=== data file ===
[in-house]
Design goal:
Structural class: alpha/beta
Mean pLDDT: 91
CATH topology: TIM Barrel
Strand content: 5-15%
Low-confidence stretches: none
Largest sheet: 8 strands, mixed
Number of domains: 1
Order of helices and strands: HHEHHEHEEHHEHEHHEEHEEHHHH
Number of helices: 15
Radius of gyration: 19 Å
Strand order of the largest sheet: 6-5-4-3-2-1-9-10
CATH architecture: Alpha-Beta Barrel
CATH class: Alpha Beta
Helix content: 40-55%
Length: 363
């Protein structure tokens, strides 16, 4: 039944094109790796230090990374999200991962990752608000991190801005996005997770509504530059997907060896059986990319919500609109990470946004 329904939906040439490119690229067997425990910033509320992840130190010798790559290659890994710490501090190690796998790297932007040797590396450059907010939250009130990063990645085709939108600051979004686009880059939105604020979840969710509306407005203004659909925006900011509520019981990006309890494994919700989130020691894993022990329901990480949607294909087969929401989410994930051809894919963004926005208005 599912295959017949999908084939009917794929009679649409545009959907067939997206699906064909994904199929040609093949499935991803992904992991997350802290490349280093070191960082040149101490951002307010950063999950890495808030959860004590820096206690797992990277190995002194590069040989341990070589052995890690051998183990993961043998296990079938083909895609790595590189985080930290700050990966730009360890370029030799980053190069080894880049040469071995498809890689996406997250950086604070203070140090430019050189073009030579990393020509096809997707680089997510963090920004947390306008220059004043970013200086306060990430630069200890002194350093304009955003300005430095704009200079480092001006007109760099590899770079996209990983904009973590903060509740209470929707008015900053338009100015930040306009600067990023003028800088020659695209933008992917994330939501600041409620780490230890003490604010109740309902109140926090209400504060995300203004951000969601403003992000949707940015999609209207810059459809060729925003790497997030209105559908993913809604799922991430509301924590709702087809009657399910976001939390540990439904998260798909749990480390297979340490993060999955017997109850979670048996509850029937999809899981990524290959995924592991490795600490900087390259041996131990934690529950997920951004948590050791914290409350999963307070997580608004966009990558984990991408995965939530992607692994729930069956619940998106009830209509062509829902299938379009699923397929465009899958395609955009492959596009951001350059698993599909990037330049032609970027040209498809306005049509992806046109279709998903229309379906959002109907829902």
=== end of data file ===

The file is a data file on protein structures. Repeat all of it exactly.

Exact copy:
[in-house]
Design goal:
Structural class: alpha/beta
Mean pLDDT: 91
CATH topology: TIM Barrel
Strand content: 5-15%
Low-confidence stretches: none
Largest sheet: 8 strands, mixed
Number of domains: 1
Order of helices and strands: HHEHHEHEEHHEHEHHEEHEEHHHH
Number of helices: 15
Radius of gyration: 19 Å
Strand order of the largest sheet: 6-5-4-3-2-1-9-10
CATH architecture: Alpha-Beta Barrel
CATH class: Alpha Beta
Helix content: 40-55%
Length: 363
């Protein structure tokens, strides 16, 4: 039944094109790796230090990374999200991962990752608000991190801005996005997770509504530059997907060896059986990319919500609109990470946004 329904939906040439490119690229067997425990910033509320992840130190010798790559290659890994710490501090190690796998790297932007040797590396450059907010939250009130990063990645085709939108600051979004686009880059939105604020979840969710509306407005203004659909925006900011509520019981990006309890494994919700989130020691894993022990329901990480949607294909087969929401989410994930051809894919963004926005208005 599912295959017949999908084939009917794929009679649409545009959907067939997206699906064909994904199929040609093949499935991803992904992991997350802290490349280093070191960082040149101490951002307010950063999950890495808030959860004590820096206690797992990277190995002194590069040989341990070589052995890690051998183990993961043998296990079938083909895609790595590189985080930290700050990966730009360890370029030799980053190069080894880049040469071995498809890689996406997250950086604070203070140090430019050189073009030579990393020509096809997707680089997510963090920004947390306008220059004043970013200086306060990430630069200890002194350093304009955003300005430095704009200079480092001006007109760099590899770079996209990983904009973590903060509740209470929707008015900053338009100015930040306009600067990023003028800088020659695209933008992917994330939501600041409620780490230890003490604010109740309902109140926090209400504060995300203004951000969601403003992000949707940015999609209207810059459809060729925003790497997030209105559908993913809604799922991430509301924590709702087809009657399910976001939390540990439904998260798909749990480390297979340490993060999955017997109850979670048996509850029937999809899981990524290959995924592991490795600490900087390259041996131990934690529950997920951004948590050791914290409350999963307070997580608004966009990558984990991408995965939530992607692994729930069956619940998106009830209509062509829902299938379009699923397929465009899958395609955009492959596009951001350059698993599909990037330049032609970027040209498809306005049509992806046109279709998903229309379906959002109907829902």